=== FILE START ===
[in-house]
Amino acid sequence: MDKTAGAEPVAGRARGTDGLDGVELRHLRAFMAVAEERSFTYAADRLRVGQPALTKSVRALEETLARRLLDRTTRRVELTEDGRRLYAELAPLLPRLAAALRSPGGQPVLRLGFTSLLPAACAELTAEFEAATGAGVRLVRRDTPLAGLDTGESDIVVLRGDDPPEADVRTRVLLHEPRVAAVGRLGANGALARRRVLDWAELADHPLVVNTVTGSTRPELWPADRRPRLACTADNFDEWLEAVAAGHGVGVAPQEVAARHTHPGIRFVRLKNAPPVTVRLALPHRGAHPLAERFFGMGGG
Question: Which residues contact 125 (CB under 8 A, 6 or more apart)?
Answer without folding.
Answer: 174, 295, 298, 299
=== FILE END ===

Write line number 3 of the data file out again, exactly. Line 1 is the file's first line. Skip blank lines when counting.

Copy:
Question: Which residues contact 125 (CB under 8 A, 6 or more apart)?